There was a time in my life when basically everybody I was talking to on a daily basis was, like me, an adult of a culturally Catholic background; practicing, lapsed, grown up children of recovering Catholics, the whole spectrum. And the thing that caused me to notice this was a conversational tic that everybody around me seemed to have:
is it bad if I ____?” Sometimes it would be, “How bad is it if I _____?”
It was never anything actually bad, often nothing in the neighborhood of badness, but eventually the requests for reassurance got so prevalent in conversations that I started laying down the law: I am nobody’s confessor. I can’t give absolution. I have my own Catholic guilt to process.
These days, I have an irregular hobby of browsing relationship advice forums. I started because some of the people I follow on Twitter have the habit of highlighting particularly awful “gems”. Snippets and screen shots got me curious enough to go over and see what I was missing, which eventually got me sucked into reading other posts, and then, offering advice.
And I’ll tell you, there’s a pattern I see in people asking for help that reminds me of the Catholic tic: Am I being selfish if I ____? Is it selfish of me to ____? and so on.
And I’m not going to say there’s no one in the world who ever asked that question in a situation loaded with irony, but I haven’t really seen it in the context of people asking for advice from strangers. It’s not “Am I selfish if I only think of myself? Am I selfish if I expect everyone to put my needs above their own?”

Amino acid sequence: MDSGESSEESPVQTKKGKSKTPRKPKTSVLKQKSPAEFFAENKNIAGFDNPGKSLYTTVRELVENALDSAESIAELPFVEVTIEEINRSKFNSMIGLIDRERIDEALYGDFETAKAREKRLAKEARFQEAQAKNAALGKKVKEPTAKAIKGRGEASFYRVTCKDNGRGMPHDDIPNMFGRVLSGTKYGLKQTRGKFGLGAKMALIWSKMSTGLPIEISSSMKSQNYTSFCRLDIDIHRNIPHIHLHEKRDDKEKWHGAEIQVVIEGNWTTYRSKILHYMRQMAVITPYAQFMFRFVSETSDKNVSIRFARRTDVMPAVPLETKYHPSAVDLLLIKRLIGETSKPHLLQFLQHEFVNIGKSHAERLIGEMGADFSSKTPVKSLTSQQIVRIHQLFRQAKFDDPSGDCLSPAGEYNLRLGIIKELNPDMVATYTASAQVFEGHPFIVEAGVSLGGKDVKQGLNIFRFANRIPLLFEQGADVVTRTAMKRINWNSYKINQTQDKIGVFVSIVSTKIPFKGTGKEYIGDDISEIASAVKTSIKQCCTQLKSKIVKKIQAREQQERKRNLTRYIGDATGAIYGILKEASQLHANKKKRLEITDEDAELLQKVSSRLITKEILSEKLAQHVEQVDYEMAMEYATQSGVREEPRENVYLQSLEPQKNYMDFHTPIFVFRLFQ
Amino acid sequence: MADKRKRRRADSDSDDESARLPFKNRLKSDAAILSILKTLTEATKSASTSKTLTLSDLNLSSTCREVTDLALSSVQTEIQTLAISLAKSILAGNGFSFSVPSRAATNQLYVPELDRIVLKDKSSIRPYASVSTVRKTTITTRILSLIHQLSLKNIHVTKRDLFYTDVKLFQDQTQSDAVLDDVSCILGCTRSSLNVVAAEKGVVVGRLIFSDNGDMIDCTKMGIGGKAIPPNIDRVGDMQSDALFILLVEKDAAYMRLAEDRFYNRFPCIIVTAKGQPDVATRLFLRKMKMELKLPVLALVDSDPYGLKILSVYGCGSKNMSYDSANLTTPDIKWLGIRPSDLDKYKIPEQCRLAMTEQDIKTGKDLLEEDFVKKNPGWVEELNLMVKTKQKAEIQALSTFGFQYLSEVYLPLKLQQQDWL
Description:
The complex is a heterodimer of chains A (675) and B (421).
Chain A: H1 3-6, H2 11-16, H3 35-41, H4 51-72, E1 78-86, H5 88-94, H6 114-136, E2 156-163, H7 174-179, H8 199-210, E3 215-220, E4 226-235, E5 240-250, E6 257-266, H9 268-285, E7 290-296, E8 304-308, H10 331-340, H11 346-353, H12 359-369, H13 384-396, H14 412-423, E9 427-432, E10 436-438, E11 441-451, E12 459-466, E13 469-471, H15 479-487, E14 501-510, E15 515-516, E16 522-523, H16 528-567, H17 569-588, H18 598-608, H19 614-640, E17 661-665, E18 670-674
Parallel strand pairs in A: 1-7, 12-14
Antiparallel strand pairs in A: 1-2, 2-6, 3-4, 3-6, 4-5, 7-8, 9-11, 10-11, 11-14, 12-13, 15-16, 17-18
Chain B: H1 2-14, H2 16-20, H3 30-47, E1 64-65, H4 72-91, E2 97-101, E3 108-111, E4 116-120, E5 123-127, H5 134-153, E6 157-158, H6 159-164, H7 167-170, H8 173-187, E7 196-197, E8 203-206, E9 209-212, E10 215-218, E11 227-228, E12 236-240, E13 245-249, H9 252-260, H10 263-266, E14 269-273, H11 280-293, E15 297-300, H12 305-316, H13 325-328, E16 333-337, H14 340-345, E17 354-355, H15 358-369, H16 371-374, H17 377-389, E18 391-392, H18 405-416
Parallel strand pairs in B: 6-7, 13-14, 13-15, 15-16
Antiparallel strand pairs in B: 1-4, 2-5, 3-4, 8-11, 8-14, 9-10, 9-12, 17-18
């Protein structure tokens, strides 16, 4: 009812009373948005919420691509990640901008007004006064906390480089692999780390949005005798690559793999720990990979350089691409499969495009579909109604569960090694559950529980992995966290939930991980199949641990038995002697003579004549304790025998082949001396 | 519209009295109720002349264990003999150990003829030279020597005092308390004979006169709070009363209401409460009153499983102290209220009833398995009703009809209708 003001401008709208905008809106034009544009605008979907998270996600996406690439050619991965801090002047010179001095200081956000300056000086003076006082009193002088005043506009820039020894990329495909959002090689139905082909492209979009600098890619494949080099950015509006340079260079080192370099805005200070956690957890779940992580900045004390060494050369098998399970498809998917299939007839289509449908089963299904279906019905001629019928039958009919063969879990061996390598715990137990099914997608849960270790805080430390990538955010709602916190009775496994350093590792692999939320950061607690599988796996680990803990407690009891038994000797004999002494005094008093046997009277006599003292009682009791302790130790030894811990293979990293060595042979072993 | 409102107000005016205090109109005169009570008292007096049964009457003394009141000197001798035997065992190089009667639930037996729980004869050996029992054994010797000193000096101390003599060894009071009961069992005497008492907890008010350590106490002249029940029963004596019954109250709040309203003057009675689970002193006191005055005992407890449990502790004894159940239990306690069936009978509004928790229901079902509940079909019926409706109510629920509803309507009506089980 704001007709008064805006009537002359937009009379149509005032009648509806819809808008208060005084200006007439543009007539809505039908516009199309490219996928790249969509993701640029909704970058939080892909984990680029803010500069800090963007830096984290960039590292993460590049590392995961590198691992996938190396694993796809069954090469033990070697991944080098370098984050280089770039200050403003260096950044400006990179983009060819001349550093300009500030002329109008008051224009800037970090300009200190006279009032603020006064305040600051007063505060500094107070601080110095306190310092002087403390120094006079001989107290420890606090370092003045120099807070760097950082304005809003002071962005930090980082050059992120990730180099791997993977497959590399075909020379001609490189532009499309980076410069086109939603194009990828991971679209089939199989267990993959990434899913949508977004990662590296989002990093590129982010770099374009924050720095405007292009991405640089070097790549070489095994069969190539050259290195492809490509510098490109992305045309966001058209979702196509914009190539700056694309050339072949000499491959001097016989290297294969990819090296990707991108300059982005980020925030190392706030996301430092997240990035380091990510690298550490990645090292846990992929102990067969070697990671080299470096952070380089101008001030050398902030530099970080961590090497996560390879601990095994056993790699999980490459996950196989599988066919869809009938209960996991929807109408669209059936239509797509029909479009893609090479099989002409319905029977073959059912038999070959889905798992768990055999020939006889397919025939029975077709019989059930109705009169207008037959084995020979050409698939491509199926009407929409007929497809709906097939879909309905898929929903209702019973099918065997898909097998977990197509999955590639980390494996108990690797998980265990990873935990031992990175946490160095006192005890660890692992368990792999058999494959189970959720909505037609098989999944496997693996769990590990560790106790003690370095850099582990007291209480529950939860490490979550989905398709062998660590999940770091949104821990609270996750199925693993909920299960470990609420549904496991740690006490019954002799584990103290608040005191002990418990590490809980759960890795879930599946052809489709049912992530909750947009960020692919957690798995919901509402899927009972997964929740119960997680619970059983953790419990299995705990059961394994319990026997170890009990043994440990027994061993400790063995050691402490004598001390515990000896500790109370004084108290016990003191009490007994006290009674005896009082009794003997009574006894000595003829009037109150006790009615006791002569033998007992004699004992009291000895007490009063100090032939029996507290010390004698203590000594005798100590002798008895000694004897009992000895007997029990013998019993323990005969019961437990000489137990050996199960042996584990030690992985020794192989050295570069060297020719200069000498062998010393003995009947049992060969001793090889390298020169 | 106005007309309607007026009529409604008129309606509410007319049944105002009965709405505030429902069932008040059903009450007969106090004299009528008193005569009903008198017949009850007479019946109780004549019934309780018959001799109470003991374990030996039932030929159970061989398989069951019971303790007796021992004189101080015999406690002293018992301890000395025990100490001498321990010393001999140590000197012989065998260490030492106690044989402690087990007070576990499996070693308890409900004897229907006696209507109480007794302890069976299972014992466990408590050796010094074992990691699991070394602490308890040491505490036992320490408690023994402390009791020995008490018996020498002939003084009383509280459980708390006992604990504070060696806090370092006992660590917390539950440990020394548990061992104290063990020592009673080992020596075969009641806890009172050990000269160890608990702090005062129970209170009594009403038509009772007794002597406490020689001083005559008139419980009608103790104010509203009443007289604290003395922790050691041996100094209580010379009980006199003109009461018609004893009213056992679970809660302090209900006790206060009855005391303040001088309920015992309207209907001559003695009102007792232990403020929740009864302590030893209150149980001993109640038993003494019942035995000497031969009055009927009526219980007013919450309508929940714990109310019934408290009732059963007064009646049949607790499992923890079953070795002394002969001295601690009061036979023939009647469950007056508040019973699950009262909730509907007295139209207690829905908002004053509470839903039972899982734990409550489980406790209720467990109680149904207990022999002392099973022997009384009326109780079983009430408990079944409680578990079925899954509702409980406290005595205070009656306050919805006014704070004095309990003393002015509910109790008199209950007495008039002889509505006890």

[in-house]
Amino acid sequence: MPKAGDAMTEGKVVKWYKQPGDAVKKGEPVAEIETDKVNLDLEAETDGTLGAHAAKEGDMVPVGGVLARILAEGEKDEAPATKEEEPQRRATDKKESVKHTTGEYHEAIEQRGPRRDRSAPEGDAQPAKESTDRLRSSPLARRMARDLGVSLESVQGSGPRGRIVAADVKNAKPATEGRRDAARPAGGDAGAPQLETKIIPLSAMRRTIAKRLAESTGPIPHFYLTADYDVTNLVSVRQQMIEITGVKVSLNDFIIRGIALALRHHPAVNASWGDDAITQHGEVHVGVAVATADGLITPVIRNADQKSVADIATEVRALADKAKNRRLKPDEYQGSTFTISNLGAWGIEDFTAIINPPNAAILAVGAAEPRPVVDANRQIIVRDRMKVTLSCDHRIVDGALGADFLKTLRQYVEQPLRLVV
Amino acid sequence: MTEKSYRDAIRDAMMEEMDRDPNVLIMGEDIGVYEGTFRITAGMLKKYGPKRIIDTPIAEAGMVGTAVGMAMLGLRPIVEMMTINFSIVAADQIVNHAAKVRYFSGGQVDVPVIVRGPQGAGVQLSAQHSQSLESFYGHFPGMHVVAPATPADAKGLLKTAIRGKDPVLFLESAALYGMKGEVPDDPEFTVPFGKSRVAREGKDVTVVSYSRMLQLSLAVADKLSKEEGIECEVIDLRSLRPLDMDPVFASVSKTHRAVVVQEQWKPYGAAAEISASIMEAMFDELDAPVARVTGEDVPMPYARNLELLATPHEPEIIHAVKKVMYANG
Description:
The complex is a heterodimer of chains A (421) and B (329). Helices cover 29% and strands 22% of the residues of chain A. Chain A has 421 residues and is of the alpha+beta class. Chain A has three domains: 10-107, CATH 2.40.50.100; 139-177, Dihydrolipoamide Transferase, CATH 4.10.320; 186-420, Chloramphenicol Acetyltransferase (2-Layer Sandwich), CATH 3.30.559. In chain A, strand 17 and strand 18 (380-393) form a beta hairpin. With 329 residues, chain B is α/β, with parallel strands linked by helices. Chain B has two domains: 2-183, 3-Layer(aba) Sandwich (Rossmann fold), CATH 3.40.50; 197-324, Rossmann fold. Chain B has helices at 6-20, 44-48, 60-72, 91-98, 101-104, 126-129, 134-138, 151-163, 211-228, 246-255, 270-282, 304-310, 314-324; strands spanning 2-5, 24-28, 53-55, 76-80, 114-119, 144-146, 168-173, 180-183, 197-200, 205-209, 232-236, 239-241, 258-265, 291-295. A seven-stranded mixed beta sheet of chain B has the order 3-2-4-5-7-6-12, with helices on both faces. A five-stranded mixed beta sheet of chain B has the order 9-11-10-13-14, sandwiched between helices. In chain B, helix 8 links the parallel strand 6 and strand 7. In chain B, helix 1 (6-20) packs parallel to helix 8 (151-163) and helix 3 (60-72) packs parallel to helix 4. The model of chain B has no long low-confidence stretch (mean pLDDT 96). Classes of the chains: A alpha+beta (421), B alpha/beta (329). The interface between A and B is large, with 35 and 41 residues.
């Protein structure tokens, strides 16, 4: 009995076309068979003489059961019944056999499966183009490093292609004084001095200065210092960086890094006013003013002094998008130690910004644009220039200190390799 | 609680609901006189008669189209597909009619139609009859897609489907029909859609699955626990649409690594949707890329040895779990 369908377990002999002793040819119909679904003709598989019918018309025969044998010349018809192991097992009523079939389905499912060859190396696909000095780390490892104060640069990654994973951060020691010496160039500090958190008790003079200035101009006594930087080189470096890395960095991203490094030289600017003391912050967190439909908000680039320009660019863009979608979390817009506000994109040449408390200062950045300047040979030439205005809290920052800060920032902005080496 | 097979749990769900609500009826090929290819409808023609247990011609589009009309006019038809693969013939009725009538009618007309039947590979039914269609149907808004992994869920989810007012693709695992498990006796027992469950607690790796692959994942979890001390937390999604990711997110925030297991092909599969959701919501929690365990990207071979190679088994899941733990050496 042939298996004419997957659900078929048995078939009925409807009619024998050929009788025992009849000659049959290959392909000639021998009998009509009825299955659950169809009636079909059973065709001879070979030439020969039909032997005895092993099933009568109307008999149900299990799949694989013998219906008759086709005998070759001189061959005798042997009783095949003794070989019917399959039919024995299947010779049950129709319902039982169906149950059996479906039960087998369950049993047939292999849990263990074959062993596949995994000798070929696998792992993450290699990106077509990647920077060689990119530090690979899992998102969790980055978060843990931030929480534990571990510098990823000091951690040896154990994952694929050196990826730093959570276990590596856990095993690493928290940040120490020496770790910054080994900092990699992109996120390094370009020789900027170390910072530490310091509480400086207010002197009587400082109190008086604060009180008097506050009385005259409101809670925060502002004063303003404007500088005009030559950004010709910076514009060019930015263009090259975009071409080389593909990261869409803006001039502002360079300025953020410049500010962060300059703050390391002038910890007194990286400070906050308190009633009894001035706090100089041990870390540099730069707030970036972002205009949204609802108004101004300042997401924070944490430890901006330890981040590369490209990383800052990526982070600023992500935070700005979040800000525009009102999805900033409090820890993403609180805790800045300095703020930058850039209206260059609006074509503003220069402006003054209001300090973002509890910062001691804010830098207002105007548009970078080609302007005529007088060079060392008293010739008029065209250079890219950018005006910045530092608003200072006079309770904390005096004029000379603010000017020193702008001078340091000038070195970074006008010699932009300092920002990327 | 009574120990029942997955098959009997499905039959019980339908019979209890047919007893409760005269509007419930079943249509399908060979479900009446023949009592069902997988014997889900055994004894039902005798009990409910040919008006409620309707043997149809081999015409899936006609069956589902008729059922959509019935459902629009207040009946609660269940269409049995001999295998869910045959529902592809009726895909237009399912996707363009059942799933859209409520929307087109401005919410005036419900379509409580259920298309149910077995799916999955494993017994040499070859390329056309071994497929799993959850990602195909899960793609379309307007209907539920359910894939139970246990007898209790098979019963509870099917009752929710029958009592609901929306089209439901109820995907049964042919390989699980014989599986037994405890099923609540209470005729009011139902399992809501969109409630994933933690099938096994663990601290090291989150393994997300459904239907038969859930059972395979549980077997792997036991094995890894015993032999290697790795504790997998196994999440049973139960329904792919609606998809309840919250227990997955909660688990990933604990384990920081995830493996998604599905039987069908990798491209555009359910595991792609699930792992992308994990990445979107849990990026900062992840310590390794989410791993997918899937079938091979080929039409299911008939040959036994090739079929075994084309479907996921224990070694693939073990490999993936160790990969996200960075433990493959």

It’s, “Am I selfish if I want some alone time? Am I selfish if I want my partner to compromise sometimes instead of it always being me? Am I selfish if I expect my partner to help me meet my needs as much as I help them meet theirs? Am I selfish if I leave because this relationship is destroying me, knowing that my partner will be devastated?”
A real selfish, manipulative person might tack a “Is that so selfish? Is that too much to ask?” onto the end of a rant, in an attempt to coax the target of their manipulation to agree that it’s quite reasonable and not selfish at all, but at the point where you’re wrestling with this, really wrestling with what to do about it, with a bunch of strangers, it’s more likely the case that you’re not being selfish at all, and the fact that you’re worried that you might be is pretty strong evidence in support of that.
Selfish people don’t often worry that they’re selfish. They don’t think of themselves as selfish. Few people want to be selfish, so your average selfish person’s problem isn’t that they’ve decided to be selfish but that they’ve defined things for themselves in such a way that their expectations and behaviors are normal. This is how it comes to be that so many selfish people see everybody else around them as the selfish ones. They’ve set a baseline where their level of centering themselves is normal, and anyone who doesn’t meet that skewed bar is falling short.
When you find yourself wandering if you’re asking for too much, if you’re wanting too much, if you’re needing too much, try stepping outside your situation and imagining that someone else is confiding to you about it. Extending compassion and empathy to ourselves is a skill that few of us learn at the level we really need it, but anybody who worries about being selfish is very likely to possess the skill of empathizing with others.
Is it too much to ask for another person to have some support from their partner? Then it’s not too much for you to ask. Would it be selfish for another person to want to have some time and space for themselves? Then it’s not selfish for you. Is it selfish for anybody else to not martyr themselves in a relationship for the sake of somebody who wouldn’t begin to do the same in return?
No, it’s not selfish for them, and it’s not selfish for you.